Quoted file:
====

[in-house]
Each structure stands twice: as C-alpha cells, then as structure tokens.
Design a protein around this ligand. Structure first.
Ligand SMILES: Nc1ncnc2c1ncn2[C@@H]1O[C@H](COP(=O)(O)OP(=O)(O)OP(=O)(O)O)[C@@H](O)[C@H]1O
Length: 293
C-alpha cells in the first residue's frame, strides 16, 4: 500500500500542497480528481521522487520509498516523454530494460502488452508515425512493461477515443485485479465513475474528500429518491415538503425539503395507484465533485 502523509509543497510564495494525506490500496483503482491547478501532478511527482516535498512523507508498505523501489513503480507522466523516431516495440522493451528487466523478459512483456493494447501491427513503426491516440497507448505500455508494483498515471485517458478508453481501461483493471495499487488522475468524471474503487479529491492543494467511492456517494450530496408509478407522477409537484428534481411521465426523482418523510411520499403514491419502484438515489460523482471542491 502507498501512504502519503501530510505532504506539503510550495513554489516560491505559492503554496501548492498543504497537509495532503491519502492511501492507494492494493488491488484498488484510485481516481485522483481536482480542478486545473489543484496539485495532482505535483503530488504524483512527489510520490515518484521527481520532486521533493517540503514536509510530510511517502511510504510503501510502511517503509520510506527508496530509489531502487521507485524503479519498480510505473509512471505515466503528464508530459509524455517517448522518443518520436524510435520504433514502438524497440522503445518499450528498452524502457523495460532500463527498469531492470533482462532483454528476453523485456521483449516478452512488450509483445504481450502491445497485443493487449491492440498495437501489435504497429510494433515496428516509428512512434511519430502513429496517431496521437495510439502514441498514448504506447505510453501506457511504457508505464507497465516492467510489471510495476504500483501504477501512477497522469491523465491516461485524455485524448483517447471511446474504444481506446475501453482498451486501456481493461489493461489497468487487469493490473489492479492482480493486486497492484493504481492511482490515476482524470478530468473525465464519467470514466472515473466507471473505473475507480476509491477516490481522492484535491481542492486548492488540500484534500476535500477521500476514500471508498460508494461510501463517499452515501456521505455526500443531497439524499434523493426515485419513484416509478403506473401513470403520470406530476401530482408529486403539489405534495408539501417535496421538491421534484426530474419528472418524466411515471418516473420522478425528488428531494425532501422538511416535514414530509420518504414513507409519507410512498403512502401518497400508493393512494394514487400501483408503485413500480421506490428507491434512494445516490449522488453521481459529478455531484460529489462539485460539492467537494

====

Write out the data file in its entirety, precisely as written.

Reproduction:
[in-house]
Each structure stands twice: as C-alpha cells, then as structure tokens.
Design a protein around this ligand. Structure first.
Ligand SMILES: Nc1ncnc2c1ncn2[C@@H]1O[C@H](COP(=O)(O)OP(=O)(O)OP(=O)(O)O)[C@@H](O)[C@H]1O
Length: 293
C-alpha cells in the first residue's frame, strides 16, 4: 500500500500542497480528481521522487520509498516523454530494460502488452508515425512493461477515443485485479465513475474528500429518491415538503425539503395507484465533485 502523509509543497510564495494525506490500496483503482491547478501532478511527482516535498512523507508498505523501489513503480507522466523516431516495440522493451528487466523478459512483456493494447501491427513503426491516440497507448505500455508494483498515471485517458478508453481501461483493471495499487488522475468524471474503487479529491492543494467511492456517494450530496408509478407522477409537484428534481411521465426523482418523510411520499403514491419502484438515489460523482471542491 502507498501512504502519503501530510505532504506539503510550495513554489516560491505559492503554496501548492498543504497537509495532503491519502492511501492507494492494493488491488484498488484510485481516481485522483481536482480542478486545473489543484496539485495532482505535483503530488504524483512527489510520490515518484521527481520532486521533493517540503514536509510530510511517502511510504510503501510502511517503509520510506527508496530509489531502487521507485524503479519498480510505473509512471505515466503528464508530459509524455517517448522518443518520436524510435520504433514502438524497440522503445518499450528498452524502457523495460532500463527498469531492470533482462532483454528476453523485456521483449516478452512488450509483445504481450502491445497485443493487449491492440498495437501489435504497429510494433515496428516509428512512434511519430502513429496517431496521437495510439502514441498514448504506447505510453501506457511504457508505464507497465516492467510489471510495476504500483501504477501512477497522469491523465491516461485524455485524448483517447471511446474504444481506446475501453482498451486501456481493461489493461489497468487487469493490473489492479492482480493486486497492484493504481492511482490515476482524470478530468473525465464519467470514466472515473466507471473505473475507480476509491477516490481522492484535491481542492486548492488540500484534500476535500477521500476514500471508498460508494461510501463517499452515501456521505455526500443531497439524499434523493426515485419513484416509478403506473401513470403520470406530476401530482408529486403539489405534495408539501417535496421538491421534484426530474419528472418524466411515471418516473420522478425528488428531494425532501422538511416535514414530509420518504414513507409519507410512498403512502401518497400508493393512494394514487400501483408503485413500480421506490428507491434512494445516490449522488453521481459529478455531484460529489462539485460539492467537494